Touring the Veneto with Vignaioli Veneti

The Veneto is a region of Italy I travel to often because of the wine and the food. I like to visit Venice and Verona but I usually stay on Lake Garda. Recently Vignaioli Veneti invited me on a press trip to the Veneto. The invitation read: Vignaioli 2017: Discover Veneto’s Top Grower-Producers, Growing Areas and Wines.

Lake Garda

I would be staying in a hotel on Lake Garda.

Vignaioli Veneti is a newly-formed organization of over fifty of the Veneto’s top small producers. The president of the association is Michele Montresor and the Director is Giulio Liut.
The program included two Master classes conducted by Kerin O’Keefe, visits to eleven wineries, and dinner in some of the best restaurants in the area. There were 7 other journalists in the group and I enjoyed sharing these experiences and our conversations as well.


The first evening there was a welcome dinner at Ristorante alla Borsa, in the town of Mincio. It is a restaurant I have been to before, famous for its tortellini filled with cheese, meats or vegetables.

Mr. Montresor said the Veneto has historic cities of art and culture such as Venice, Padova and Verona, but they are only one aspect of this region. It stretches from Lake Garda to the Dolomites and to the Adriatic beaches. Vignaiolo Veneti’s mission is to establish the Veneto, its wines and wineries worldwide as a manifestation of quality.

Kerin O’Keefe

I was looking forward to the Master Class conducted by Kerin O’Keefe. Kerin reviews all Italian wines for the Wine Enthusiast magazine. She is the author of several books, including Franco Biondi Santi: The Gentleman of Brunello (2005), Brunello di Montalcino: Understanding and Appreciating One of Italy’s Great Wines (2012), and Barolo and Barbaresco: The King and Queen of Italian Wine (2014).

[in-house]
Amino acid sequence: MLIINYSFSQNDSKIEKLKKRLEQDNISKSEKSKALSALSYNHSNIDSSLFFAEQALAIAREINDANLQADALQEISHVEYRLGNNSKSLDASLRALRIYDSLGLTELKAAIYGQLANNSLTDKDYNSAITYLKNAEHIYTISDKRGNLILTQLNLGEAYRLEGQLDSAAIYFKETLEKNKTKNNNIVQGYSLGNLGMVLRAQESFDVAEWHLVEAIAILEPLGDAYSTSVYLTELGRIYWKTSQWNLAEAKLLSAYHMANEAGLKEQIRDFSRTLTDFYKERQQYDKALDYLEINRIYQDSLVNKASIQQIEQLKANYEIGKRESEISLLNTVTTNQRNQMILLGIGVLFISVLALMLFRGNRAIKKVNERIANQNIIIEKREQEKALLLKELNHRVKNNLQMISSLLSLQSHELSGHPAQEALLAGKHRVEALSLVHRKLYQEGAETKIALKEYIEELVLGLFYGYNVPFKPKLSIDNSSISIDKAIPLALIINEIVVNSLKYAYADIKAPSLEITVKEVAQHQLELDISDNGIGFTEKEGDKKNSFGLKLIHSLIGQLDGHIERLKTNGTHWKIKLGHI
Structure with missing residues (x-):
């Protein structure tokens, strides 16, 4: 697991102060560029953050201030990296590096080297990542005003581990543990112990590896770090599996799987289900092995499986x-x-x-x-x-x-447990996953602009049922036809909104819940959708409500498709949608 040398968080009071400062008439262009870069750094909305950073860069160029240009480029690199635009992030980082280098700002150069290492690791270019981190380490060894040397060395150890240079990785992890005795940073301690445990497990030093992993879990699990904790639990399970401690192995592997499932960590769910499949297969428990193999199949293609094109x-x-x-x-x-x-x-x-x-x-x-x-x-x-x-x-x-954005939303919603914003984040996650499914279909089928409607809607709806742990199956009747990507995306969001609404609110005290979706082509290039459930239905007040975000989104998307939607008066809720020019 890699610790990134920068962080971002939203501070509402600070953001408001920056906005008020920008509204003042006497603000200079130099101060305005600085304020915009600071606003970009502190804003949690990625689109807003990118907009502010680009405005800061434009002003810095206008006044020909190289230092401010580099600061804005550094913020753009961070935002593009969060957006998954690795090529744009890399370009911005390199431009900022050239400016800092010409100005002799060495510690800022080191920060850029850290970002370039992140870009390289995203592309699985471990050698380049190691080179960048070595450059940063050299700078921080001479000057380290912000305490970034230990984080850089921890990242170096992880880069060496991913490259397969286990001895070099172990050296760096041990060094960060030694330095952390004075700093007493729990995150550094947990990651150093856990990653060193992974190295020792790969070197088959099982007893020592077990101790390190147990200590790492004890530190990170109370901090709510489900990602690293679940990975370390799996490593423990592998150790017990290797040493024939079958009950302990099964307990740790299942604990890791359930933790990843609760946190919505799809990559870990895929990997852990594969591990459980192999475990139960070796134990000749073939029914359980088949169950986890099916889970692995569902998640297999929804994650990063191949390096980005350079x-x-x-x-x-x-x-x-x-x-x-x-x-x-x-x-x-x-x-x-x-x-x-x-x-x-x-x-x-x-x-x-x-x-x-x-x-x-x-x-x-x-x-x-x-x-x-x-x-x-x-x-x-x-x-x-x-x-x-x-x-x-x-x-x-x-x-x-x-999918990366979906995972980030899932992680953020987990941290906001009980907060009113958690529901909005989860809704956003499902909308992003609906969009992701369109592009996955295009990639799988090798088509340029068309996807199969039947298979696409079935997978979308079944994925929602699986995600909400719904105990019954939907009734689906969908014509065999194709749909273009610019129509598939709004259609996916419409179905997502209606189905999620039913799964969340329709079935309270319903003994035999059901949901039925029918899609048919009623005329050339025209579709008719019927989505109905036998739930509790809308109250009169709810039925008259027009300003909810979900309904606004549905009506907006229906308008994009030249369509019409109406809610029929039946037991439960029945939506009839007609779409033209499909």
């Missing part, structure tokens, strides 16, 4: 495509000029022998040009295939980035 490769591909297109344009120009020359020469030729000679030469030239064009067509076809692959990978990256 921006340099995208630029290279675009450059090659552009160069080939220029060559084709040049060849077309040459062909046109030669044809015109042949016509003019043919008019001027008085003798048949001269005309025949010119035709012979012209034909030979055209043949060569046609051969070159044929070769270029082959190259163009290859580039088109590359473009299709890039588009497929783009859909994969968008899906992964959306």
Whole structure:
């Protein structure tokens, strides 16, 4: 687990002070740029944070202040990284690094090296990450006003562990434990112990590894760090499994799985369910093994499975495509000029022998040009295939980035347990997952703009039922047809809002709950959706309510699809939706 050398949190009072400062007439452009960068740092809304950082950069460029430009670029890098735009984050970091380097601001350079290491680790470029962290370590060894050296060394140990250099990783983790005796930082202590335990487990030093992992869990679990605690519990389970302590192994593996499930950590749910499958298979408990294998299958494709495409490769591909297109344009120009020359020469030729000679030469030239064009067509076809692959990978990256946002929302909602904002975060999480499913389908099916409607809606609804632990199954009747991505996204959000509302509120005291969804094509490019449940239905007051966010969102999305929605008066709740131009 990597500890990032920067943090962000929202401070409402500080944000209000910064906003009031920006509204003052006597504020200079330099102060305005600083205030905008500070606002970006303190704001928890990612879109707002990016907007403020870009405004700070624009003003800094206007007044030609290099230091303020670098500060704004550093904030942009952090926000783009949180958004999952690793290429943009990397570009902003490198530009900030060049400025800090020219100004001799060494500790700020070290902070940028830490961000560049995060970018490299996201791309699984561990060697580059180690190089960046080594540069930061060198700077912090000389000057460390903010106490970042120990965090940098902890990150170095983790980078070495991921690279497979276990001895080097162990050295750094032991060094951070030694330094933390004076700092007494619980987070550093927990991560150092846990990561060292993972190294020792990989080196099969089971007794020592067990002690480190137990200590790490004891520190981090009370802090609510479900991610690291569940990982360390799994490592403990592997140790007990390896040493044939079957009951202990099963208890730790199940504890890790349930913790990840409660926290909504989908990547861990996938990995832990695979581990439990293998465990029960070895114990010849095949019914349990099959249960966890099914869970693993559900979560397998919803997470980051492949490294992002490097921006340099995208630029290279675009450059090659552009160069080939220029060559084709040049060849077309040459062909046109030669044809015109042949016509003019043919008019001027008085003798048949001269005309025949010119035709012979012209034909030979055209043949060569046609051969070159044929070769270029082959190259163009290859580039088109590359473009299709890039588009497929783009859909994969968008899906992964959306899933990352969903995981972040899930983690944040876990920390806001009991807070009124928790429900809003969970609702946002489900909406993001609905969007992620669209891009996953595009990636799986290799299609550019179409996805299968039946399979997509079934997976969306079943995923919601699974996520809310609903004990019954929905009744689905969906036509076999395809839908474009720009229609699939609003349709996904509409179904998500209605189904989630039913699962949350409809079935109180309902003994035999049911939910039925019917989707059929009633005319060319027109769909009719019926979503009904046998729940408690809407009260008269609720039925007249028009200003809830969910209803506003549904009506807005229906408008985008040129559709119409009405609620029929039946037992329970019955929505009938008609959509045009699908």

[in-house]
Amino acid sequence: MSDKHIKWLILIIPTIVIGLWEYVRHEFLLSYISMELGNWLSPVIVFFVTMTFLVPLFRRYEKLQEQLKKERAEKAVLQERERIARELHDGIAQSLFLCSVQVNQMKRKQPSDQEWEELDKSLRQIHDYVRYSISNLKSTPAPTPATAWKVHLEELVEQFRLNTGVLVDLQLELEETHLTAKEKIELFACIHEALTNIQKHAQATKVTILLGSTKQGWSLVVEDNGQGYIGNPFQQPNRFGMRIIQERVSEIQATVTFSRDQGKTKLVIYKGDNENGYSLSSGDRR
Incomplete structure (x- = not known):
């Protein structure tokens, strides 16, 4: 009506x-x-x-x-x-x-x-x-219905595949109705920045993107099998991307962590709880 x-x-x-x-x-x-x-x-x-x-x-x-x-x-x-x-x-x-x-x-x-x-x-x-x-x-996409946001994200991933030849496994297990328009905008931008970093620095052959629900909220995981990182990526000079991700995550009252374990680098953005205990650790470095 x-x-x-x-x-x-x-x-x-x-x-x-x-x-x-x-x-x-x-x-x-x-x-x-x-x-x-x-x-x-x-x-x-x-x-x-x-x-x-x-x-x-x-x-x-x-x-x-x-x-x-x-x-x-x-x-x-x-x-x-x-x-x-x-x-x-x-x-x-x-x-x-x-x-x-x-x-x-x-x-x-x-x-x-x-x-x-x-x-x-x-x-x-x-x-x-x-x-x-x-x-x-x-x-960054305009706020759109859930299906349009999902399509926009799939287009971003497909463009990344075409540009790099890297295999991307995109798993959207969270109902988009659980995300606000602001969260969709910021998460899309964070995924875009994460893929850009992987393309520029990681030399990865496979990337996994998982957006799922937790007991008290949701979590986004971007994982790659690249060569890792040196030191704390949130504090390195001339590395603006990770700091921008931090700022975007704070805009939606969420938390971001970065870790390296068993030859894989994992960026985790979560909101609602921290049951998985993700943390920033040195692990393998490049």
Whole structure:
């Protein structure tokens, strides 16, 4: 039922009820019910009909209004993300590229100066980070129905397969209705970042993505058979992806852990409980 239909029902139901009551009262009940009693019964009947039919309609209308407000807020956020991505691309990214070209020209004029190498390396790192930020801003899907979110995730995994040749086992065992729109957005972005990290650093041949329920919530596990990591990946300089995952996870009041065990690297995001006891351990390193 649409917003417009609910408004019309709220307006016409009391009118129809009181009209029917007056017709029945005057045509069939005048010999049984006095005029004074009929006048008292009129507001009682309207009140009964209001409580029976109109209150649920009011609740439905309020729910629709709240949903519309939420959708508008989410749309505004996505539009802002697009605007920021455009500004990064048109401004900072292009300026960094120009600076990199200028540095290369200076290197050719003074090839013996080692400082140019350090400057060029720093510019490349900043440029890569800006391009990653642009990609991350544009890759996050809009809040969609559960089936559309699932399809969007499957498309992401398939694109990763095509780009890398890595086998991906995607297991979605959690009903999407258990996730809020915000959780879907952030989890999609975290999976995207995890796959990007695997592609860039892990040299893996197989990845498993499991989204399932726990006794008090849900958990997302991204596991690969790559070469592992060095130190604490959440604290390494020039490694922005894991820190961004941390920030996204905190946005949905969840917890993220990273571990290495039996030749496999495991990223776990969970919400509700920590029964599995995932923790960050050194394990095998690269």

I have known Kerin for a number of years. At the Master Class there were 20 wines in all, 10 whites and 10 reds divided into 4 flights. Kerin felt that these wines were examples of the diversity of wines made by the member wineries and the Veneto in general.

1st Flight
Villa Medici Bianco Provincia di Verona IGT “Primizia” 2016 made from 25% Trebbiano, 25% Garganega and 50% Cortese. Fermentation and aging takes place in stainless steel. Kerin said that this grape, better known for producing Gavi, is very common in the Lake Garda area.

Gorgo Custoza DOC San Michelin 2016 made from Garganega, Cortese, Trebbiano Toscano and Riesling. Fermentation and aging in stainless steel and malolactic fermentation does not take place.

Calvalchina Custoza Superiore “Amedeo” 2015 made from 30% Garganega made from 40% Garganega, 30% Fernanda (a clone of Cortese, 15% Trebbianello (a clone of Tocai), 15% Trebbiano Toscano. Fermentation and aging is in stainless steel and malolactic fermentation is prevented.

La Morette Lugana Mandolare 2016 made from 100% Turbiana. Fermented in stainless steel. Kerin said that Turbiana is relative of Trebbiano di Soave, but it is a separate grape variety. Most producers use 100% Turbiana. She added that the best grapes come from the area close to the lake, where the soil has the most clay. There are 5 different types of Lugana wine.

Ottella Lugana Riserva DOC “Molceo” 2014 made from Turbiana (Trebbiano di Lugana). Kerin said some producers put both names on the label. Partial malolactic fermentation, aging for 16 months on the lees mostly in stainless steel and also in tonneaux and barriques.

2nd Flight
Cà Rugate Soave Classico “Monte Fiorentine” 2015 made from 100% Garganega. Fermentation is stainless steel for about 10 to 15 days. Kerin said that as of 1998 Trebbiano Toscano was not allowed in the blend.